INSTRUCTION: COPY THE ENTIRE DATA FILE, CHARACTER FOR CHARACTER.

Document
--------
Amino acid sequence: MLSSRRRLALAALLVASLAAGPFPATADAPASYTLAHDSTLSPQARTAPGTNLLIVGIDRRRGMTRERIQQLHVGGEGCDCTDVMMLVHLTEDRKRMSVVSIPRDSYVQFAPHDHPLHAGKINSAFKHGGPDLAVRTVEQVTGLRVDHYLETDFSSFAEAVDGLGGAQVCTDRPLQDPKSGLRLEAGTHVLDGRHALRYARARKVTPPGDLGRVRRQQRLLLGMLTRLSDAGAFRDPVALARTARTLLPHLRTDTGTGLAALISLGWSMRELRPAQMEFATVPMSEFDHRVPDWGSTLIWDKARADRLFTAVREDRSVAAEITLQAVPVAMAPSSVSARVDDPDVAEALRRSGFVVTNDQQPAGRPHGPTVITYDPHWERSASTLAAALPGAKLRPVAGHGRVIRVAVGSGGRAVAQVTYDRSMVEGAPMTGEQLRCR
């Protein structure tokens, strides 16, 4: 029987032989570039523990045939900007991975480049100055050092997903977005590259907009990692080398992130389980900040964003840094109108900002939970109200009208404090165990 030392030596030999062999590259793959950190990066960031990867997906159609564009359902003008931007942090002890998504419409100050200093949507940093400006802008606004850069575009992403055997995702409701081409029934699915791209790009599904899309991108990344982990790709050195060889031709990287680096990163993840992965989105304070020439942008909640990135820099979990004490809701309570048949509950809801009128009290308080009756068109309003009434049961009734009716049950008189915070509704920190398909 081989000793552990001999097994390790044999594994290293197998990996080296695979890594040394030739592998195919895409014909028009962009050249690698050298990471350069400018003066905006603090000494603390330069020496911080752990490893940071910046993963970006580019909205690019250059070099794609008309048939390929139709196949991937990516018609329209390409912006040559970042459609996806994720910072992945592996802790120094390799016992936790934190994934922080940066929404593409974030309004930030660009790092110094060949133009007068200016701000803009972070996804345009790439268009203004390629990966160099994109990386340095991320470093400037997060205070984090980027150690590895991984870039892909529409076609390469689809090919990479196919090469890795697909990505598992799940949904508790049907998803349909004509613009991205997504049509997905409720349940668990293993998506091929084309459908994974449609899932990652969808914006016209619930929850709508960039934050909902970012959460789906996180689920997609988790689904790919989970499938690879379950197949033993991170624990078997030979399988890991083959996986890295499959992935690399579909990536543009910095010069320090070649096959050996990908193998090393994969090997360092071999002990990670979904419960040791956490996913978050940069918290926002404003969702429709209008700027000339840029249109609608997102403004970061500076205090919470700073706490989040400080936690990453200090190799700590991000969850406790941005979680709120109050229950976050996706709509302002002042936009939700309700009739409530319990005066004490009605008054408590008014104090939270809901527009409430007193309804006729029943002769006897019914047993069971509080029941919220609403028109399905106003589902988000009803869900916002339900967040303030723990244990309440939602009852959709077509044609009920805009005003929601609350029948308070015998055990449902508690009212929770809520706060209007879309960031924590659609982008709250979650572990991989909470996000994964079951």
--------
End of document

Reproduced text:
Amino acid sequence: MLSSRRRLALAALLVASLAAGPFPATADAPASYTLAHDSTLSPQARTAPGTNLLIVGIDRRRGMTRERIQQLHVGGEGCDCTDVMMLVHLTEDRKRMSVVSIPRDSYVQFAPHDHPLHAGKINSAFKHGGPDLAVRTVEQVTGLRVDHYLETDFSSFAEAVDGLGGAQVCTDRPLQDPKSGLRLEAGTHVLDGRHALRYARARKVTPPGDLGRVRRQQRLLLGMLTRLSDAGAFRDPVALARTARTLLPHLRTDTGTGLAALISLGWSMRELRPAQMEFATVPMSEFDHRVPDWGSTLIWDKARADRLFTAVREDRSVAAEITLQAVPVAMAPSSVSARVDDPDVAEALRRSGFVVTNDQQPAGRPHGPTVITYDPHWERSASTLAAALPGAKLRPVAGHGRVIRVAVGSGGRAVAQVTYDRSMVEGAPMTGEQLRCR
């Protein structure tokens, strides 16, 4: 029987032989570039523990045939900007991975480049100055050092997903977005590259907009990692080398992130389980900040964003840094109108900002939970109200009208404090165990 030392030596030999062999590259793959950190990066960031990867997906159609564009359902003008931007942090002890998504419409100050200093949507940093400006802008606004850069575009992403055997995702409701081409029934699915791209790009599904899309991108990344982990790709050195060889031709990287680096990163993840992965989105304070020439942008909640990135820099979990004490809701309570048949509950809801009128009290308080009756068109309003009434049961009734009716049950008189915070509704920190398909 081989000793552990001999097994390790044999594994290293197998990996080296695979890594040394030739592998195919895409014909028009962009050249690698050298990471350069400018003066905006603090000494603390330069020496911080752990490893940071910046993963970006580019909205690019250059070099794609008309048939390929139709196949991937990516018609329209390409912006040559970042459609996806994720910072992945592996802790120094390799016992936790934190994934922080940066929404593409974030309004930030660009790092110094060949133009007068200016701000803009972070996804345009790439268009203004390629990966160099994109990386340095991320470093400037997060205070984090980027150690590895991984870039892909529409076609390469689809090919990479196919090469890795697909990505598992799940949904508790049907998803349909004509613009991205997504049509997905409720349940668990293993998506091929084309459908994974449609899932990652969808914006016209619930929850709508960039934050909902970012959460789906996180689920997609988790689904790919989970499938690879379950197949033993991170624990078997030979399988890991083959996986890295499959992935690399579909990536543009910095010069320090070649096959050996990908193998090393994969090997360092071999002990990670979904419960040791956490996913978050940069918290926002404003969702429709209008700027000339840029249109609608997102403004970061500076205090919470700073706490989040400080936690990453200090190799700590991000969850406790941005979680709120109050229950976050996706709509302002002042936009939700309700009739409530319990005066004490009605008054408590008014104090939270809901527009409430007193309804006729029943002769006897019914047993069971509080029941919220609403028109399905106003589902988000009803869900916002339900967040303030723990244990309440939602009852959709077509044609009920805009005003929601609350029948308070015998055990449902508690009212929770809520706060209007879309960031924590659609982008709250979650572990991989909470996000994964079951």